• Hyperfoam Models with or without (Linear viscoelasticity, Mullins effect, etc.)

  • Chaboche Model

  • Drucker-Prager Plasticity model

  • Parallel Rheological Framework (PRF) Models (multi-network)

  • User-defined Materials

  • and much more...

Figure 2: The available material models for FE mode in 3DEXPERIENCE® Platform

A typical workflow of the material calibration on the 3DEXPERIENCE® Platform is shown in the figure below. It starts by importing the test data, then continue editing the test data if needed, define the calibration mode, and the material model, define the optimization option and finally execute the calibration and review the results.

Figure 3: Typical Workflow of Material Calibration on the 3DEXPERIENCE® Platform

Watch the YouTube video to learn more about the advanced material calibration capabilities of the 3DEXPERIENCE® Platform:

Portfolio Connections: Isight

Isight and Abaqus can be combined to automate and optimize material calibration. Isight is a tool provided free-of-charge with every Abaqus purchase, as part of the new extended packaging of Abaqus (Power of the Portfolio).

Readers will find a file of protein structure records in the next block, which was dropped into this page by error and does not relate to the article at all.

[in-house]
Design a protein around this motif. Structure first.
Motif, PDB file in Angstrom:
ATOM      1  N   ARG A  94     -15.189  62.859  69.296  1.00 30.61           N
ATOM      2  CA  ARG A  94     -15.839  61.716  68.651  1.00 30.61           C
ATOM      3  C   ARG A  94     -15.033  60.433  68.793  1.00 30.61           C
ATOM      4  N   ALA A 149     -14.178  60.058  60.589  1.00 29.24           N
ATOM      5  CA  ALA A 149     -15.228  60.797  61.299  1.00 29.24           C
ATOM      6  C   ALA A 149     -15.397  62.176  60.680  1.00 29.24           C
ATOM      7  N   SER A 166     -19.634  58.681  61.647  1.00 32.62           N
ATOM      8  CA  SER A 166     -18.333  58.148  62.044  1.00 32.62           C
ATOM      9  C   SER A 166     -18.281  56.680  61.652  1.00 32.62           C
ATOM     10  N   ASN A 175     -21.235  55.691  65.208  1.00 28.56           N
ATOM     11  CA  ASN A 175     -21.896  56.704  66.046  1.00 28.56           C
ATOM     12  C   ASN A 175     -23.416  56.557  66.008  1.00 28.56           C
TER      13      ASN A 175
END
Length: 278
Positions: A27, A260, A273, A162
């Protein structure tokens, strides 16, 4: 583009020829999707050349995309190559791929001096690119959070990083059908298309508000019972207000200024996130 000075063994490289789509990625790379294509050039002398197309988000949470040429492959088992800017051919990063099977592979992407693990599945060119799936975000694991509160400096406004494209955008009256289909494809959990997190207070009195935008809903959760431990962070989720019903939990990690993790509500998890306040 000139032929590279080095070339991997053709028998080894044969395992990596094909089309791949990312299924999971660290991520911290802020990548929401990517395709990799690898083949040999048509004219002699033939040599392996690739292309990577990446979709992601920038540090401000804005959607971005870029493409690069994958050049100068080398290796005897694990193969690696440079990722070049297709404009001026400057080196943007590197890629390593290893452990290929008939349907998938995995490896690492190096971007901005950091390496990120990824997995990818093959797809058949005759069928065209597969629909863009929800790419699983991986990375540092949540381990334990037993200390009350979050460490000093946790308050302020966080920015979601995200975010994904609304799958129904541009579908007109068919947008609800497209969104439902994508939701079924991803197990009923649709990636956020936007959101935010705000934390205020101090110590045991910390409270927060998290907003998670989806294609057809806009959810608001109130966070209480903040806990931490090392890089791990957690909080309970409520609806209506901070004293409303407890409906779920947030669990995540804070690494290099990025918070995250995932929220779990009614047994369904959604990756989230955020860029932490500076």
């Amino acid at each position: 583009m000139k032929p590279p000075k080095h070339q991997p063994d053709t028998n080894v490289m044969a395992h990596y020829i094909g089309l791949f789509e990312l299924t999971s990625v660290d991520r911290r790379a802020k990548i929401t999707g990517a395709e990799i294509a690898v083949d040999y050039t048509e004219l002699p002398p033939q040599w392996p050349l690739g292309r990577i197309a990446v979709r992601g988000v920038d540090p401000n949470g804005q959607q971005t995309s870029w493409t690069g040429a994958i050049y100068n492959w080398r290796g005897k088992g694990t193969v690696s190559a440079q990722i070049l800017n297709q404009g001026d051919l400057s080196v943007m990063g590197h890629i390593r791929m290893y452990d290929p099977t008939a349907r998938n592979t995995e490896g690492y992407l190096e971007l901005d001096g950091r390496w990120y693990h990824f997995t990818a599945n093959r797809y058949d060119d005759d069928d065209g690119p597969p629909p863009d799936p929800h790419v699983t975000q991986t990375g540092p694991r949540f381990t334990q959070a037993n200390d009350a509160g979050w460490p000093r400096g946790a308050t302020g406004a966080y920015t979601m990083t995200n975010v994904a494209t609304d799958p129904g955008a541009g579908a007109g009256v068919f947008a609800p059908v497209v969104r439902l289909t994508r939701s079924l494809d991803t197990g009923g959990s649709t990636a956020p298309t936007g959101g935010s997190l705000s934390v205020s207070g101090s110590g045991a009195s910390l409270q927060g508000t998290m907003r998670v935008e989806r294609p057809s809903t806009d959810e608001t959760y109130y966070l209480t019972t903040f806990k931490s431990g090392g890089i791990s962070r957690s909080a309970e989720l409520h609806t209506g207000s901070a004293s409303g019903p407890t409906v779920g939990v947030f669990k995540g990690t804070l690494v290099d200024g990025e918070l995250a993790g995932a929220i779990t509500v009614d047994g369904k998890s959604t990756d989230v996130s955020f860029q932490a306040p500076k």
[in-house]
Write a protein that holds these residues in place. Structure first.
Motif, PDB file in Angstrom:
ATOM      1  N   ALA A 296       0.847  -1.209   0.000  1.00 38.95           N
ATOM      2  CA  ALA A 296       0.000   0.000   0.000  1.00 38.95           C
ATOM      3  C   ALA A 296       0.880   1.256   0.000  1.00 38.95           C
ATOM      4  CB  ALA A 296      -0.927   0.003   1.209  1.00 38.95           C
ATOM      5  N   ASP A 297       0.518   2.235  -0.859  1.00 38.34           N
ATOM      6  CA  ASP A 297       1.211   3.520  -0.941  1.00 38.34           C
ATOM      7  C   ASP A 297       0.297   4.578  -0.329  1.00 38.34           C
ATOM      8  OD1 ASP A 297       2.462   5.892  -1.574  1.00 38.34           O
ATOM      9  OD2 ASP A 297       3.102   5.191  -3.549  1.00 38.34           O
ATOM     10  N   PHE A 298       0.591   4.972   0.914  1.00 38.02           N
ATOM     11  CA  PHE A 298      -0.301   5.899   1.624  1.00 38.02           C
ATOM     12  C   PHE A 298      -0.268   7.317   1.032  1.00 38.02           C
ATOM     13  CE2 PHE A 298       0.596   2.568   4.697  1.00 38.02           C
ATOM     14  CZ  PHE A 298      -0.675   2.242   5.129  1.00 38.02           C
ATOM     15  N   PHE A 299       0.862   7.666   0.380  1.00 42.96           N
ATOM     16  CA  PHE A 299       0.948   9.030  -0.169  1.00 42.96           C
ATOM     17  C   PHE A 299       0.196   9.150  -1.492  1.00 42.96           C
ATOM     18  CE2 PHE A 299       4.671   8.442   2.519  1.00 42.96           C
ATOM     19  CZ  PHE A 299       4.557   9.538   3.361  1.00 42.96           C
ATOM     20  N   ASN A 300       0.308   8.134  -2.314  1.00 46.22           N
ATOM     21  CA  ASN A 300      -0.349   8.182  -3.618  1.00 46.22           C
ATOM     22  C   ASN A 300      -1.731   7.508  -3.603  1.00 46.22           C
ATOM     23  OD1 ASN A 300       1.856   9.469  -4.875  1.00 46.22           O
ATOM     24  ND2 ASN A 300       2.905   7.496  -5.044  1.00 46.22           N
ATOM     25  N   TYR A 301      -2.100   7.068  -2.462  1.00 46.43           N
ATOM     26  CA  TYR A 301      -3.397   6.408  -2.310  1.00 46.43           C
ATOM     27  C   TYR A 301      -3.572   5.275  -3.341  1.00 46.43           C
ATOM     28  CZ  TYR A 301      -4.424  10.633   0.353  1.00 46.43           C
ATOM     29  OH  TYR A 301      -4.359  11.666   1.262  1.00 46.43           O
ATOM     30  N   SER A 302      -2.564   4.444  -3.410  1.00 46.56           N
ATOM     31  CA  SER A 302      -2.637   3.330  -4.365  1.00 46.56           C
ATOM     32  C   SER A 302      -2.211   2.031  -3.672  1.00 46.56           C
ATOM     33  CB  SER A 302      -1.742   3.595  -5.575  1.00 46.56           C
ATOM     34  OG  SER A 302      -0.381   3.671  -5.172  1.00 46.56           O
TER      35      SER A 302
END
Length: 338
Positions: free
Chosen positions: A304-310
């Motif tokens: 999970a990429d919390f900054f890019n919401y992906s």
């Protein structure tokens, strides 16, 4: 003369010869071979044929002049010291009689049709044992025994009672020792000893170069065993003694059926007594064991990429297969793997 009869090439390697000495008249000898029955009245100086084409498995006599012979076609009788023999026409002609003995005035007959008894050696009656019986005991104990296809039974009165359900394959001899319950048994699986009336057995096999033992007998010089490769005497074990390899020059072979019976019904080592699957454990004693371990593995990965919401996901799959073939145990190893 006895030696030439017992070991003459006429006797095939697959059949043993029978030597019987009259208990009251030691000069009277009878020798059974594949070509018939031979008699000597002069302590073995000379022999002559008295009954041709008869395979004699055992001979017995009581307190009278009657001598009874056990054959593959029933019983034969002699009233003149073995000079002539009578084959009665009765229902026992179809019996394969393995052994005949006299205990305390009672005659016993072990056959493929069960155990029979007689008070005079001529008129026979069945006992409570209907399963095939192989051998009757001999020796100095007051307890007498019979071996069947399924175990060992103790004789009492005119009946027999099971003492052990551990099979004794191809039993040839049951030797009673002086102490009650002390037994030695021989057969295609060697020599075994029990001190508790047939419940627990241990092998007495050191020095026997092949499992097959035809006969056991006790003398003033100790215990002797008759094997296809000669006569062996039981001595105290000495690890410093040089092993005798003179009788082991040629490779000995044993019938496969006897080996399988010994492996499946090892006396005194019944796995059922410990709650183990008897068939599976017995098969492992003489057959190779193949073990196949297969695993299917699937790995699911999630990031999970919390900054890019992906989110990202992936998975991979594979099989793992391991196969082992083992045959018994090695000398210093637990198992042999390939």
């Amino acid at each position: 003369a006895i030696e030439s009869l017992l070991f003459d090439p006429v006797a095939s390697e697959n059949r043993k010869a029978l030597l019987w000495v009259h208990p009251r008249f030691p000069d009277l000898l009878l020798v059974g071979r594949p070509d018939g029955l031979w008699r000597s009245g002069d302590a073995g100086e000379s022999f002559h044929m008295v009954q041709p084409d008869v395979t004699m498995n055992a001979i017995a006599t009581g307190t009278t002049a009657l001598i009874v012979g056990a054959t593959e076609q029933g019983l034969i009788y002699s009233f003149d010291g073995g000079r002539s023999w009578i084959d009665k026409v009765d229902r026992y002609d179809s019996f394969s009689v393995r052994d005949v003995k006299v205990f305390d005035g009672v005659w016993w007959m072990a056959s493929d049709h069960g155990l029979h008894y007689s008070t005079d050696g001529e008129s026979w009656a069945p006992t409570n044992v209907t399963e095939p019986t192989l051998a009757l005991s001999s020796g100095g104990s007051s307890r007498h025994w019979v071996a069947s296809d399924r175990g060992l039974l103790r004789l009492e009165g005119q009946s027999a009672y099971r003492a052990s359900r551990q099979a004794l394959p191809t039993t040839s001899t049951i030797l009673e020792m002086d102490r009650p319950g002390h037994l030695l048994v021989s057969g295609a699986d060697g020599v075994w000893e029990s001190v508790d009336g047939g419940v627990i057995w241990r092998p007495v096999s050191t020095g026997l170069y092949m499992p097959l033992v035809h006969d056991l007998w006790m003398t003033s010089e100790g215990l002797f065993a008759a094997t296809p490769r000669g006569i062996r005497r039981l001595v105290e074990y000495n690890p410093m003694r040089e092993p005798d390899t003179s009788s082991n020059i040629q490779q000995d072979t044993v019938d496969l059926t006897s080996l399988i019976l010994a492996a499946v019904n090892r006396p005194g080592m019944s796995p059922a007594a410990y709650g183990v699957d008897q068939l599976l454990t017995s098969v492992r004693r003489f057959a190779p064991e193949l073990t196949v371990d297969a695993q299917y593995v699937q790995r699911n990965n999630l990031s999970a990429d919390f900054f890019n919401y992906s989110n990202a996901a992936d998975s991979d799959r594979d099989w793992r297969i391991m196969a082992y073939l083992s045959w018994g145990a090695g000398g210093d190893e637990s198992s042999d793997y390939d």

Isight can:

  • Seamlessly encapsulate a workflow for complete automation

  • Run Abaqus simulations on unit test specimens

  • Compare the simulation response with physical experimental data

  • Perform an optimization that varies the material coefficients used in the Abaqus simulation to minimize the difference between the simulation response and the experimental data

Example: Lead-free solder material calibration

  • Modified Anand material model requires 15 material constants calibrated from 20 experimental data sets

  • Isight-calibrated material constants are able to predict material behavior at all data points

  • Reference: “Calibrating material constants from experimental data for lead-free solder materials using a parametric optimization approach” SIMULIA, NAFEMS WC-2011

Figure 4: Automated calibration of material parameters in Isight

For more detail see Dassault Systémes Knowledge Base article QA00000024004: Material calibration using Isight.

The equivalent of Isight on the 3DEXPERIENCE platform is an app named Process Composer.


In conclusion, both Abaqus FEA and the 3DEXPERIENCE Platform offer powerful material calibration capabilities, but the latter appears to be more comprehensive and cover more material models and functionalities. Additionally, the 3DEXPERIENCE Platform's integration with a holistic platform for design, simulation, and manufacturing makes it an attractive option for industries looking for a one-stop-shop solution. Ultimately, the choice between the two will depend on the specific needs and preferences of the user.

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Melad Fahed

Technical Director

Melad holds a Bachelor's and a Master's degree in Mechanical Engineering from Khalifa University.  His expertise lies in Finite Element Analysis, parametric optimization, and additive manufacturing.